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Armenia, Russia in New Air Defence Deal

Russia’s desire to increase its military role in Armenian airspace may be connected to differences with Turkey on Syria.
By Arshaluis Mghdesyan

Russian president Vladimir Putin has instructed ministers to negotiate an agreement with Armenia on a shared air defence system.

In late October, the Russian government approved plans for the creation of the joint air defence mechanism. The idea is to create an aerial “umbrella” on the southern border of the Collective Security Treaty Organisation (CSTO), a wider regional defence alliance that includes Armenia, Russia, Belarus and three Central Asian states.

In the South Caucasus, Georgia and Azerbaijan are not CSTO members, and unless this changes, their airspace is not part of the proposed cooperation.

On November 11, Putin told the Russian defence and foreign ministries to go ahead with negotiations with Yerevan.

Armenia already collaborates with Russia on air defence, and it is not yet clear how the new system will differ, or whether it will function within the CSTO framework. But analysts in Armenia believe this will be the case.

Former defence minister Vagharshak Harutyunyan told IWPR that the current mechanism consists of a “unified command centre where information about the situation in the skies over the South Caucasus is processed and exchanged,” he said.

The new agreement seems likely to integrate this with similar Russian arrangements with Kazakstan and Belarus.

“Thus, it can be said that a united air defence system for the CSTO, of which these states are members, is being established,” Harutyunyan said.

Defence expert Sergei Minasyan expects the upcoming treaty to lead to a more comprehensive regional air defence network. Apart from interceptor jets and S-300 surface-to-air missiles, it will probably incorporate detection systems and radars that are deployed in the Russian North Caucasus.

In practice, says Harutyunyan, Russian and Armenian air defence forces would work in sync, from the exchange of information to the launch of missiles and military aircraft, in the event of the threat of war or large-scale hostilities, for instance if the Nagorny Karabakh conflict reignited.

“This system includes Russia’s ships on the Black Sea, its Caspian flotilla, detection systems, and aircraft squadrons in the North Caucasus, as well as the components of Armenia´s air defence,” he said. “If necessary, this system will work as a single unit providing coverage and reach for the Armenian defence forces in the skies over the region, from the Caspian to the Black Sea.”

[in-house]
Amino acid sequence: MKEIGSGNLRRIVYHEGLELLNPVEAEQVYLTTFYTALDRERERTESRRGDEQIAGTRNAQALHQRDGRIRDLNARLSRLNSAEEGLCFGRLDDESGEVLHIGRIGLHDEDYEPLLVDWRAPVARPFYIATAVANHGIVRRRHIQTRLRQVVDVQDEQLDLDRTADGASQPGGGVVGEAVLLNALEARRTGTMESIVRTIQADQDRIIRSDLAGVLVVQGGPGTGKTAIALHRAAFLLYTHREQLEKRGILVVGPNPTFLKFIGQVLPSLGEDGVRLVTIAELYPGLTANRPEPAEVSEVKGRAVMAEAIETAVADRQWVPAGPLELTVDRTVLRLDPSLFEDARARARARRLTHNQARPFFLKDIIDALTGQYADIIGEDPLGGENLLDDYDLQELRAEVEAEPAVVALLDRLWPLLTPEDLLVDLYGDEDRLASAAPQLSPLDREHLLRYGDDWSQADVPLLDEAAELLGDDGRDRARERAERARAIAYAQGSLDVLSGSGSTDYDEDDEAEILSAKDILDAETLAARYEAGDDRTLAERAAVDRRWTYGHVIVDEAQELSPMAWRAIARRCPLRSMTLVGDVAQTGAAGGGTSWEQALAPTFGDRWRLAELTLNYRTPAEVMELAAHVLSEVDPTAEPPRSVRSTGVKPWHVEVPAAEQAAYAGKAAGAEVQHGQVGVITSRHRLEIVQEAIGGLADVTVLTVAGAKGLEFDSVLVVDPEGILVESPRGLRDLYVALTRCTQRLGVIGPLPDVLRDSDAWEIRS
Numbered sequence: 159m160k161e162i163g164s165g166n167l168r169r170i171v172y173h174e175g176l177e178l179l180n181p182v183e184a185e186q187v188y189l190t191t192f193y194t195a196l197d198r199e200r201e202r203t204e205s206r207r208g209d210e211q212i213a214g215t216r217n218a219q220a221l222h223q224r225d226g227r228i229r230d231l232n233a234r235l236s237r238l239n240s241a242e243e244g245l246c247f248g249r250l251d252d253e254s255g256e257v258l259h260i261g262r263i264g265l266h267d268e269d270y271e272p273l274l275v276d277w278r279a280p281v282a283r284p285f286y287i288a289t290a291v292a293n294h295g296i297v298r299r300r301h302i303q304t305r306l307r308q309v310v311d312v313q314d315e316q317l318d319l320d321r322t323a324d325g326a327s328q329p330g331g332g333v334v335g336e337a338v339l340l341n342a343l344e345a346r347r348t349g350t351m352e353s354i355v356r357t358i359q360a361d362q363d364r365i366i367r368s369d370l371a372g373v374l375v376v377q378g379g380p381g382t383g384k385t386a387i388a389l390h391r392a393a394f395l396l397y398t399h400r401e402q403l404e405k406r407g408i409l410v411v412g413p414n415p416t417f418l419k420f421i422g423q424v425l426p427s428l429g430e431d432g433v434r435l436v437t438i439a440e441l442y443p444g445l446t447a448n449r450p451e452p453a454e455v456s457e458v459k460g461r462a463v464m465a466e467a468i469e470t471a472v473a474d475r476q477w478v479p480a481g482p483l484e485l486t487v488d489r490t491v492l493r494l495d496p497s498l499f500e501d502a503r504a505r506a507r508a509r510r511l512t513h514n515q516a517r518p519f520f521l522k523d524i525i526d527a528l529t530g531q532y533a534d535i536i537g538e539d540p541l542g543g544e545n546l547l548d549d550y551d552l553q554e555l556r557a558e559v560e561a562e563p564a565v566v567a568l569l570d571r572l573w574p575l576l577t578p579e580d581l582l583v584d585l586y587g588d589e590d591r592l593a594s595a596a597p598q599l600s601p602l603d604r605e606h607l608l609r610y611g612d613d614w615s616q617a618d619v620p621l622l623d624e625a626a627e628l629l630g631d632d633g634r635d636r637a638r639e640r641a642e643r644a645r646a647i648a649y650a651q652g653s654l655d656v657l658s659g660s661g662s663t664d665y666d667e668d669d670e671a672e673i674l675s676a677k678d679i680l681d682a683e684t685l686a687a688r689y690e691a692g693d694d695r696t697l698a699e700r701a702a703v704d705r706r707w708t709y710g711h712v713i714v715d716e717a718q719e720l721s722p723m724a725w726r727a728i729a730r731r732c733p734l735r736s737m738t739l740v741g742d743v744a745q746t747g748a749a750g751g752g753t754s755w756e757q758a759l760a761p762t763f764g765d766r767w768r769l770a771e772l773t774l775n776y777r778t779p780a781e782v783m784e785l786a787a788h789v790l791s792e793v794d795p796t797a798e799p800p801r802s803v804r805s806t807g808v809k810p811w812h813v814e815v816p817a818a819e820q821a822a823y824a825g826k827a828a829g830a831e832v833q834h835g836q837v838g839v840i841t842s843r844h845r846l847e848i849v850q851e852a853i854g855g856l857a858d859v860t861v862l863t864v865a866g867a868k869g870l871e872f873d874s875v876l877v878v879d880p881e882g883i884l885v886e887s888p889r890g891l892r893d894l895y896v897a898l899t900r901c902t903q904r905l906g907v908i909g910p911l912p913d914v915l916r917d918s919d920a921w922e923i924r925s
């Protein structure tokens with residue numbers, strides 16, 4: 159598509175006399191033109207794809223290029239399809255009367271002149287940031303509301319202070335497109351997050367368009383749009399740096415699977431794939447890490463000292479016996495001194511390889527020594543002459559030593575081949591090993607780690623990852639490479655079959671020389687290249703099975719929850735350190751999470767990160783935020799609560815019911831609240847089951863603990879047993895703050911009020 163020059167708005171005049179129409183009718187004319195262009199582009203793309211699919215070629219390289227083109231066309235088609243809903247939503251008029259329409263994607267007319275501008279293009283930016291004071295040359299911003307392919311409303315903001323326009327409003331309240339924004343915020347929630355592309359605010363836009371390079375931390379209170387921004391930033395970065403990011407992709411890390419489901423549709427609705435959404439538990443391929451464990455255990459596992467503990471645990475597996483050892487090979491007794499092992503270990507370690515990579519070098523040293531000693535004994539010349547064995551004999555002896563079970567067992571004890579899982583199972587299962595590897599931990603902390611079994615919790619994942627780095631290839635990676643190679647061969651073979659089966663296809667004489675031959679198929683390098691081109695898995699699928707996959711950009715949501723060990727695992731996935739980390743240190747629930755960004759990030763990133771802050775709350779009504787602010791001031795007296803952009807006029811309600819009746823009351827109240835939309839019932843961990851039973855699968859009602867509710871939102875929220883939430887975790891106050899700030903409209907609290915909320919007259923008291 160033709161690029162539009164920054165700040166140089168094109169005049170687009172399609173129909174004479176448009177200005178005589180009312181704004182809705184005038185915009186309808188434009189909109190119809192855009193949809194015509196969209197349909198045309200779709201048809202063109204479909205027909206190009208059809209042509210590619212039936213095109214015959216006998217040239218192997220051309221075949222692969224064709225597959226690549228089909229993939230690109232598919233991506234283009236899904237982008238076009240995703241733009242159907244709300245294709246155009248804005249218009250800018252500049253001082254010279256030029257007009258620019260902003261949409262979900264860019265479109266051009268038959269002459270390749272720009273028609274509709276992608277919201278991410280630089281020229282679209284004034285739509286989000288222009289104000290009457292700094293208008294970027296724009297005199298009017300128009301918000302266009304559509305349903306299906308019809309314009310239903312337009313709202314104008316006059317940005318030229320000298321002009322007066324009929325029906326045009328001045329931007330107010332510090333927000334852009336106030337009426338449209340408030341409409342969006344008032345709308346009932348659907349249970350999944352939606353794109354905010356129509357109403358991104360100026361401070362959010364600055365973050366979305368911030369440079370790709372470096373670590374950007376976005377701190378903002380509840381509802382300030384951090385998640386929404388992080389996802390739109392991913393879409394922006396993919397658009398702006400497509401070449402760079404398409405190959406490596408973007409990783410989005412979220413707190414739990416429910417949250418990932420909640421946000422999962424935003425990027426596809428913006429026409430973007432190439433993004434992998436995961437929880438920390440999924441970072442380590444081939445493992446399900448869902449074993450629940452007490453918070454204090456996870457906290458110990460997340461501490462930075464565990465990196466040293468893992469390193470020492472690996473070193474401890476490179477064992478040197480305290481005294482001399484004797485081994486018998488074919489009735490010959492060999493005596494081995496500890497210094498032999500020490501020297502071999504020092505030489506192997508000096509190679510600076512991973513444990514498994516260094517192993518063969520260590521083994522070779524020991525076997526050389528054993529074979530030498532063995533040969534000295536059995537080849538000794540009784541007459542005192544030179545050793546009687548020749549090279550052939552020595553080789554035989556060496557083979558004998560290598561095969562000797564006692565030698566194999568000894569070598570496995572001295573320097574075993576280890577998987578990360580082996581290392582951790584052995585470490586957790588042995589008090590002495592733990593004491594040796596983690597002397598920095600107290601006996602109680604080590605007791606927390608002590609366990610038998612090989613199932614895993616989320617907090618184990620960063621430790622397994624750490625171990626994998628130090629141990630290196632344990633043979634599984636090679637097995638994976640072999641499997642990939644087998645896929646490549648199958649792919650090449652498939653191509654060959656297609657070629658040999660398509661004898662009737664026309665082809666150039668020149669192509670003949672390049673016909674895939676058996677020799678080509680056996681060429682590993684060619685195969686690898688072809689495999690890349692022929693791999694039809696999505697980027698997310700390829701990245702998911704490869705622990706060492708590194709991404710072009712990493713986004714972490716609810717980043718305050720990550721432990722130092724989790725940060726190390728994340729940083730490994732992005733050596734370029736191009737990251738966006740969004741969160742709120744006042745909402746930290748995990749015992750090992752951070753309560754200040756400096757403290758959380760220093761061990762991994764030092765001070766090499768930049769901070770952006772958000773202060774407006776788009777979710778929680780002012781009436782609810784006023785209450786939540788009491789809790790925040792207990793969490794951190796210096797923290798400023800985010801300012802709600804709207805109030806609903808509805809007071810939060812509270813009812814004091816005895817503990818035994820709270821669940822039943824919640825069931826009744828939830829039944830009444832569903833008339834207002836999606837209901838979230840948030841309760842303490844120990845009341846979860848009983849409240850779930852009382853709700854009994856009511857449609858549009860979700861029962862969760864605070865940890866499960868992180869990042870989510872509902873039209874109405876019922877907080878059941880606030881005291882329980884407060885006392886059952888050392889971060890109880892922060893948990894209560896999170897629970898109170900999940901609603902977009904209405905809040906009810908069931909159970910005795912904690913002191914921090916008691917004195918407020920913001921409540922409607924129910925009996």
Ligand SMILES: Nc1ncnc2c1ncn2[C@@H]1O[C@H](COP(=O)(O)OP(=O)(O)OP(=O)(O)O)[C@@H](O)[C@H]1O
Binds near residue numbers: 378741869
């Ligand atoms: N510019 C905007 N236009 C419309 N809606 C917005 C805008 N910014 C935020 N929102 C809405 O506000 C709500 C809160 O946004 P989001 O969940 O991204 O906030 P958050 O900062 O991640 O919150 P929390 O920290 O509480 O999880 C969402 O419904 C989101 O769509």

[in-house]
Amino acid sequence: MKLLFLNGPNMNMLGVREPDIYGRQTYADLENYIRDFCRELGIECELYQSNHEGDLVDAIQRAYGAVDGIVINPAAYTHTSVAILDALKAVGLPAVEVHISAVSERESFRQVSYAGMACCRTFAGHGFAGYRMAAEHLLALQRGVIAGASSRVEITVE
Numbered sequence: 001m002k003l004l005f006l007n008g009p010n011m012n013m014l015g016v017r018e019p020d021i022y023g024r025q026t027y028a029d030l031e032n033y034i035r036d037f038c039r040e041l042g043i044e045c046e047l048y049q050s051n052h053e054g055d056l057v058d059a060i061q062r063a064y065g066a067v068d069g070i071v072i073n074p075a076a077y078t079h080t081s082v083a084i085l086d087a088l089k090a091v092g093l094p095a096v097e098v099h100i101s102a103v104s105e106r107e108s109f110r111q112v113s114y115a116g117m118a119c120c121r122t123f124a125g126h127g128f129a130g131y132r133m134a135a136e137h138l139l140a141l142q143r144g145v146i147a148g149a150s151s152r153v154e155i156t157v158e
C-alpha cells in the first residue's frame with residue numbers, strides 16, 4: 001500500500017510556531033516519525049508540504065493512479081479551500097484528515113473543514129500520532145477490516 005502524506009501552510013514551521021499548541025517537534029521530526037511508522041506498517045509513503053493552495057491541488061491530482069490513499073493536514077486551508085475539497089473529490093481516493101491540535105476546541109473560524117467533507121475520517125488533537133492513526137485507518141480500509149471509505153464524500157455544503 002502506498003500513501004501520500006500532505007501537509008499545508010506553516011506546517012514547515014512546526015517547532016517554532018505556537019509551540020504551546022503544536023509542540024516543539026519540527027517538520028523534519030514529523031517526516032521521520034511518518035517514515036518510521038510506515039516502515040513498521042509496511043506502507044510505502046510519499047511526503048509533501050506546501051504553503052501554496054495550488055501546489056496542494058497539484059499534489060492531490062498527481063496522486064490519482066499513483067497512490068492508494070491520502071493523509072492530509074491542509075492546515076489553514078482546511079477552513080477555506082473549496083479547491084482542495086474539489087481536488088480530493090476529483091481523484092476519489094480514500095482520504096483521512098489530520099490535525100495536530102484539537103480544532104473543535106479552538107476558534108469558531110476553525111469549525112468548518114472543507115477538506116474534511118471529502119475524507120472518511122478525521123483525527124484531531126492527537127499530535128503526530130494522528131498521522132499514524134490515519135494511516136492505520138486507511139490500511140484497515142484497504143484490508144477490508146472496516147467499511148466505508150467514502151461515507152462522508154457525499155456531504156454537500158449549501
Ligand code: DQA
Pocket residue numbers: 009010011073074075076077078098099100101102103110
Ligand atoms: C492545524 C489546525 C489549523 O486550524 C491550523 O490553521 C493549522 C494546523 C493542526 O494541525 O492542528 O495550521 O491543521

The leaders of CSTO states have discussed a common unified air defence system for several years. Putin first spoke of plans to build and strengthen the air defence “umbrella” at a 2013 awards ceremony for senior Russian army officers.

“We also plan to strengthen the unified air defence system with Belarus and to start forming such regional systems with Armenia and Kazakstan,” he said.

Some experts see air defence integration as a logical continuation of the long-term security relation between Armenia and its major ally. The Russians maintain ground forces and fighter jets in Armenia. A 2010 agreement extending Moscow’s use of the Gyumri military base until 2044 includes a Russian commitment to defend Armenia against external threats.

Sergei Markedonov, a Caucasus expert in Moscow, says the forthcoming deal has nothing to do with the Karabakh dispute, which has been frozen since 1994 and has soured Armenia’s relationship with Azerbaijan. Instead, he argues, it is only the latest in a long line of joint military initiatives.

“I don’t see anything special or extraordinary about this decision on unified air defences,” Markedonov told IWPR. “It would be fundamentally wrong to look for pitfalls in the expansion of joint air defences in the context of the Karabakh conflict.”

Commentators also acknowledge, however, that Moscow and Yerevan are each acting in their own interests. Russia will be keen to reinforce the southern borders in the Caucasus in light of the ongoing civil war in Syria, and its own military engagement there.

Armenia, meanwhile, benefits from enhanced national security in an unpredictable region where the risk of renewed war over Karabakh is ever-present.

Azerbaijan has been using its oil revenues to spend large sums on weaponry, much of which it buys from Russia, to Armenia’s chagrin. Moscow is thus acting as arms supplier to both protagonists, perhaps in order to maintain a balance of power in the region, but also to bind both countries closer to itself. (See Energy, Arms Trade Clouds Armenia's View of Moscow.)

The importance of an effective air defence system was felt on October 8 when Turkish helicopters twice entered Armenian airspace. Turkey is an ally of Azerbaijan, and has kept its border with Armenia sealed for over 20 years.

In Ankara, the incursion was blamed on bad weather conditions. In Armenia, however, it was seen as an indirect dig at Moscow in response to an earlier violation of Turkish airspace by Russian fighters engaged in hostilities in Syria. Russia attributed that incident, too, to bad weather.

Some analysts view the timing of the joint air defence announcement in the context of a sharply deteriorating Russian-Turkish relationship, caused by differences over the Syrian conflict.

Anatoly Tsyganok, head of the Centre for Military Forecasting at the Moscow Institute of Political and Military Analysis, told the Haqqin.az news site recently that the air defence „umbrella“ project was aboutTurkey, not Azerbaijan.

Talks on common air defence have been going on for more than three years, and it seems certain that their sudden acceleration is a result of the fast-evolving situation in the wider region.

Arshaluis Mghdesyan is a freelance journalist in Armenia.